This title contains code examples written in C#. I like the way Alexey introduce how to combine DDD with Event Sourcing. I think that is quite a hot topic. First of all, almost every system we try to implement is based on events. Besides that, ES solves the issue related to storing the aggregate roots and entities. It is not a simple task. If you want to save an object into a database, you have to expose its data. That requires the usage of getters, which is in contradiction to the exposing behaviour and hiding structure principle. But there's no such thing as a free lunch. ES requires you to change your mind. You store a sequence of events which allow you to recreate the object, but unlike way you may use to there is the current state of an object serialized in a table. You can take advantage of ES, but please keep in mind that this is connected with higher entry threshold for your colleagues.
BTW "Hands-On Domain-Driven Design with .NET Core" has a dedicated GitHub repository. Although all samples are in C#, I would recommend this position to everyone.
In the next course I am going to read:
Patterns, Principles, and Practices of Domain-Driven Design
and Domain-Driven Design: The First 15 Years. After the lecture, I will be able to tell you something about them.
To sum up, both books give strong basics. Don't kid yourself that after the lecture of them, you become a DDD ninja. You won't. I advise rereading those books after some time once again. If you have some practical knowledge, they will gain even more value for you.
Of course, there are other ways of learning, like audiobooks or video recordings from conferences. I don't like audiobooks, but I watched a few of them. In my opinion, that is a good starting point if you consider if DDD is for you. You invest a few hours and gain a quite extensive point of view.
Another alternative is e-learning. For example, there is a whole DDD path on the Pluralsigh. I prefer to learn from books. I didn't take part in any of online course about DDD, so I'm not in a position to tell you anything significant about it. If you have some experience with that form of education, or could you share a helpful online course, please write about it in a comment.
After we've gained the solid theory background, it's the time to get to know our domain. Here is the story which stands behind our system.
"Our company is responsible for supplying the configuration to the clients. First, an operator creates a draft. A draft could go live immediately. It could be scheduled to become go live in the future. That configuration we called planned. Live could be archived. An archive is the final step of each configuration's live cycle.
"Our system should be aware of the author and date when each configuration's stage was reached. Their first names, with the maximum length of 50 characters, enable to identify the authors. Our system allows storing configuration data limited to 250 characters. Our clients don't care about the date's precision. Information about hours, minutes and seconds is useless for them."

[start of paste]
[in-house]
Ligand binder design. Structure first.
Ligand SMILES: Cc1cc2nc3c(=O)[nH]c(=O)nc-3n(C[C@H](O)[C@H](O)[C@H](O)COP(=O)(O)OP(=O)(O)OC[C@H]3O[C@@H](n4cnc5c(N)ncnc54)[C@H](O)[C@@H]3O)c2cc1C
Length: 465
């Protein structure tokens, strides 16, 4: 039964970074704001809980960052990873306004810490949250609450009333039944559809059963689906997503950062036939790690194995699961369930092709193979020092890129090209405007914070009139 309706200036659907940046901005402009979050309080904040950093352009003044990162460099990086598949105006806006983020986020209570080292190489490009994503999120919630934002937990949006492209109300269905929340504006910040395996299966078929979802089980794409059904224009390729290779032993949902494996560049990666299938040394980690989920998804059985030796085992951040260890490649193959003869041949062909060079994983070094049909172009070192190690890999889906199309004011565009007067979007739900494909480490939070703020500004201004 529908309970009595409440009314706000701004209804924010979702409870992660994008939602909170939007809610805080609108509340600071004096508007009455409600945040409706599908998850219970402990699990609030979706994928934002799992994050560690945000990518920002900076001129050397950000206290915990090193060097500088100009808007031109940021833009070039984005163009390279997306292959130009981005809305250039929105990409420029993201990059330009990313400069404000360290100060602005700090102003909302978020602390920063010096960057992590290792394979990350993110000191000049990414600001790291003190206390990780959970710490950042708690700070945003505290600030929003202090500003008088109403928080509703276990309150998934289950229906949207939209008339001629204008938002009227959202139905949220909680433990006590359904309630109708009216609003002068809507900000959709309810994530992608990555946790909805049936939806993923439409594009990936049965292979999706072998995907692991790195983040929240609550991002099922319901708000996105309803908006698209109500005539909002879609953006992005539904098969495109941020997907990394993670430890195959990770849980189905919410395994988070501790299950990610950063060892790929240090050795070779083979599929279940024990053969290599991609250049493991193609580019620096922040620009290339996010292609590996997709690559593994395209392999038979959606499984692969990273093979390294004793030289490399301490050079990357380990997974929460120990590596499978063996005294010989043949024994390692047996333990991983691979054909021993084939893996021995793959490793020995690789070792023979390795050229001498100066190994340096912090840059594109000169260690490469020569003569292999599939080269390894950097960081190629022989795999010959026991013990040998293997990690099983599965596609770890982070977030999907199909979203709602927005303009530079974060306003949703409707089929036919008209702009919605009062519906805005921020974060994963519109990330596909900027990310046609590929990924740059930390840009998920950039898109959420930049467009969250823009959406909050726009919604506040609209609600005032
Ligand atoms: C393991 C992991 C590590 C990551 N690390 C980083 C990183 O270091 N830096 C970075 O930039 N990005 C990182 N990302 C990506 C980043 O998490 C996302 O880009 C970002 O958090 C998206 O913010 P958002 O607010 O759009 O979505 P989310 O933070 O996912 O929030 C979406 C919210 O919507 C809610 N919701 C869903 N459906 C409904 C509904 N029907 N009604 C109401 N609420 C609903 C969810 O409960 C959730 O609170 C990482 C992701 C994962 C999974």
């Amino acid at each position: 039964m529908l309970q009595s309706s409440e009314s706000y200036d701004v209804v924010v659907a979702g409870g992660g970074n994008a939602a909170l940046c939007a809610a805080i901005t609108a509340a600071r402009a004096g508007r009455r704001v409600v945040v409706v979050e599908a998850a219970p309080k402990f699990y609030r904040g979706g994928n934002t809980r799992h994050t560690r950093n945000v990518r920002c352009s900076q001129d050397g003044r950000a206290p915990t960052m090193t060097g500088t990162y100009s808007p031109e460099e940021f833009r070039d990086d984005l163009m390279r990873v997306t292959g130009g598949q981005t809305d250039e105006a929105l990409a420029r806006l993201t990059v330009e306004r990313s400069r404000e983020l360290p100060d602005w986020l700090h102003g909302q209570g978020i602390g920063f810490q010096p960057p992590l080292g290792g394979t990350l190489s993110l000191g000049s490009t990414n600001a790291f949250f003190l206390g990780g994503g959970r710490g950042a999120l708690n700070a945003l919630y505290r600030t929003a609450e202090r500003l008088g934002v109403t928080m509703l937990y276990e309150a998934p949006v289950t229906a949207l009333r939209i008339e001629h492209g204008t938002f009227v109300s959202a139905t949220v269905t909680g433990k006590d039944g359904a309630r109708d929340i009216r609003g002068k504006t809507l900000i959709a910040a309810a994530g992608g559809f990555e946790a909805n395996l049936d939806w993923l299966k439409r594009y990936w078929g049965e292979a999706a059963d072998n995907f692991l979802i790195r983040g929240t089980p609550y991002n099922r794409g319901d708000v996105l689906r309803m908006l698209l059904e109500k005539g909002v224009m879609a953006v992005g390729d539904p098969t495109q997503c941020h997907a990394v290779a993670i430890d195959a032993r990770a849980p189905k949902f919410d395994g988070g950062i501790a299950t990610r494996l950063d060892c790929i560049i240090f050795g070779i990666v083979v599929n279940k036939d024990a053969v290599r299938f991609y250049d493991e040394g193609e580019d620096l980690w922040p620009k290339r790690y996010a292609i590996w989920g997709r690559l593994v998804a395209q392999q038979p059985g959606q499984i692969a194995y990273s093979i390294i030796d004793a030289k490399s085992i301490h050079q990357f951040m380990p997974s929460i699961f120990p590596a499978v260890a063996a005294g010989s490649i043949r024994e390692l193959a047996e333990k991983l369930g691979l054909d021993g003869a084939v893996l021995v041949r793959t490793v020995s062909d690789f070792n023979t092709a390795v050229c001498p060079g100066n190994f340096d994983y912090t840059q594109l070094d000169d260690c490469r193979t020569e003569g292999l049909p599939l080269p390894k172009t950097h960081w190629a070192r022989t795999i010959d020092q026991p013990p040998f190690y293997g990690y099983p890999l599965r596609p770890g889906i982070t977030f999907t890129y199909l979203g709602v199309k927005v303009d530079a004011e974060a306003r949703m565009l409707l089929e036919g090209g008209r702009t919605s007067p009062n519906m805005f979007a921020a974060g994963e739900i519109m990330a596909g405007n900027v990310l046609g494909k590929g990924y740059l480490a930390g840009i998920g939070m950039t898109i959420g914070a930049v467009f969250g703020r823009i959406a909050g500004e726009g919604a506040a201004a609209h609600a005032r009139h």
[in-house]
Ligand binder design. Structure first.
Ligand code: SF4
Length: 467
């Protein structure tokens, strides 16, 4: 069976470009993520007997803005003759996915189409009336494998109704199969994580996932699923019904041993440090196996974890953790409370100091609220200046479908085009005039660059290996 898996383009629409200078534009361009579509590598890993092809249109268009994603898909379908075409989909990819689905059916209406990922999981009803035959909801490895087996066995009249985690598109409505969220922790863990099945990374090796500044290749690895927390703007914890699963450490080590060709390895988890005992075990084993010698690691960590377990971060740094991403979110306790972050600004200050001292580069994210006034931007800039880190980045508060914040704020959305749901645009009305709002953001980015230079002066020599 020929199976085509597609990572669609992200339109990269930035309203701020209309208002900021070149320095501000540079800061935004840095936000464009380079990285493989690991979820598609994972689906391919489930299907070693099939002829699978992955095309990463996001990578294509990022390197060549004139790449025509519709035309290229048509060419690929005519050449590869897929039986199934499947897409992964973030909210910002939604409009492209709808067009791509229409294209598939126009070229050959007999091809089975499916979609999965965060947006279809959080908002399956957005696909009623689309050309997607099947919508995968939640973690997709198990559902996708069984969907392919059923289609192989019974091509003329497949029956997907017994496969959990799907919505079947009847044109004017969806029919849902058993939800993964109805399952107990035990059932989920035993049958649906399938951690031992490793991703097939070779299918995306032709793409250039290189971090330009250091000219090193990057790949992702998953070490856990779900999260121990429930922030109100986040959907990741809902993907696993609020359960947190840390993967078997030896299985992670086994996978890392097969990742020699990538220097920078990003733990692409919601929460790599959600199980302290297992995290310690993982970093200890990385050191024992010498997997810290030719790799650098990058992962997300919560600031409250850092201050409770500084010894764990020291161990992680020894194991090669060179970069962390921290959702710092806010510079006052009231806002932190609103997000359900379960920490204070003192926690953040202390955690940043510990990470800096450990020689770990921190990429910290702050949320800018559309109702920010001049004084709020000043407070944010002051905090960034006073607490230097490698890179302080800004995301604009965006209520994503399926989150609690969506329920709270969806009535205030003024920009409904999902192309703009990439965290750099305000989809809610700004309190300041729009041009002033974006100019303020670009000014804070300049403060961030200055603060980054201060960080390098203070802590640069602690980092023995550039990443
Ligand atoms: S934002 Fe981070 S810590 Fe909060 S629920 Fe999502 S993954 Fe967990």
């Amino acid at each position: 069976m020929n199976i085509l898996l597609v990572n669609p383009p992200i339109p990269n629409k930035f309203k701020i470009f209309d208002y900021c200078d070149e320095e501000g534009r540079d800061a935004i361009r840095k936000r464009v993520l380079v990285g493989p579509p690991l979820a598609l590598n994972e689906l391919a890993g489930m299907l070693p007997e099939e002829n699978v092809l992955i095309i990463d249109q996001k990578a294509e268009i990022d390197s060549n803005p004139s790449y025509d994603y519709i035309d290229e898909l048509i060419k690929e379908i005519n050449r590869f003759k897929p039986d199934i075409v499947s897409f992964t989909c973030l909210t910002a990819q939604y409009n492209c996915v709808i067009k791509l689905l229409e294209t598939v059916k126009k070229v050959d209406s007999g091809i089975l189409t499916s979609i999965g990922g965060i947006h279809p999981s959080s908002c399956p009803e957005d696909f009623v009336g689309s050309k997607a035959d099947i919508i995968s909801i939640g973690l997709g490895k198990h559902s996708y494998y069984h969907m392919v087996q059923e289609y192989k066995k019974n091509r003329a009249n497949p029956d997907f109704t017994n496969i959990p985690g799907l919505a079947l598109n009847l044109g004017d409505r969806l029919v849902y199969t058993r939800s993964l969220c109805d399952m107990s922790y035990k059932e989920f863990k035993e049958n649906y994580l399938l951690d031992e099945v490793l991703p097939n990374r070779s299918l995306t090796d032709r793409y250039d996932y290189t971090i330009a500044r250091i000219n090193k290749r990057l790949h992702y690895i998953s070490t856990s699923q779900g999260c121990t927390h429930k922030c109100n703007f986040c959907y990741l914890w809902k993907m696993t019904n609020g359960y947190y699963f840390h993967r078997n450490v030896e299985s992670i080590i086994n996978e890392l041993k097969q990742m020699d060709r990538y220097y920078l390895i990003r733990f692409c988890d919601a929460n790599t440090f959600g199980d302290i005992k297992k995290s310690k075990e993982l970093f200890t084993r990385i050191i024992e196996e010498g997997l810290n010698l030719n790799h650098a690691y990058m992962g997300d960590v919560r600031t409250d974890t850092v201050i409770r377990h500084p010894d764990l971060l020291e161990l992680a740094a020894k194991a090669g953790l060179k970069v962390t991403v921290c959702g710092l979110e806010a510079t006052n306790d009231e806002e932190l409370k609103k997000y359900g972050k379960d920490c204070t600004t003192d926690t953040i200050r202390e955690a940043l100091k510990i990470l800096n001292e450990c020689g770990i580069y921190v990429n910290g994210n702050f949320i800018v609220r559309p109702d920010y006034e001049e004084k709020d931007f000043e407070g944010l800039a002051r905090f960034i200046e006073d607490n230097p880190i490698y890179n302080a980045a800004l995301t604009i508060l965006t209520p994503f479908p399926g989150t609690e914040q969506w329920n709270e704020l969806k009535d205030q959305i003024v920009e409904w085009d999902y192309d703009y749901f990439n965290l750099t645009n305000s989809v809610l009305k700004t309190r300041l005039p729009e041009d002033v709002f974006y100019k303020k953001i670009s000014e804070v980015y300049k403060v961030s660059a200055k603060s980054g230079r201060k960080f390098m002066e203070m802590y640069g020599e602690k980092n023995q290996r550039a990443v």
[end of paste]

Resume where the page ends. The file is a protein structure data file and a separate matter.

I'm aware that the presented story is a distilled version of a real-life scenario. I bet it wouldn't look like when you start working with your business. It usually takes days or weeks to produce a similar description. We don't have that much time.
To make this easier below is an image which shows the live cycle of configuration made with Miro. In my opinion, Miro is a great tool. It's suitable for the documentation. It also enables life cooperation on documents. Miro is a recommendable platform.
First of all, we need to build a shared understanding of our business. Without proper comprehension, we won't be able to write good software. There is no better way to learn how to business works than by talking to business people. Quite obvious, don't you think. Based on my experience talking is way, way better form of communication than the written form like documentation, diagrams etc. I don't say that documents and charts are wrong. They are handy to build understanding.
We should focus on the language we use. It shortens the distance between domain experts and developers is the foundation of DDD. The best way to achieve this is to talk to each other in the same language. Eric Evans called it "Ubiquitous language". Using the same language avoids misunderstanding. Reflecting business terms in code makes it simpler to maintain. We can forget about translating from a "technical jargon" to a "business terms". Forget about enums, flags, statuses etc. Name those objects like business people are doing on every day.
What I've forgotten is that langue is ubiquitous. It means that not only a business person is allowed to add words to it. It's perfectly fine if a developer proposes a new term. Still, business is the most important, but we as technical people could also help and add throw in one's two cents.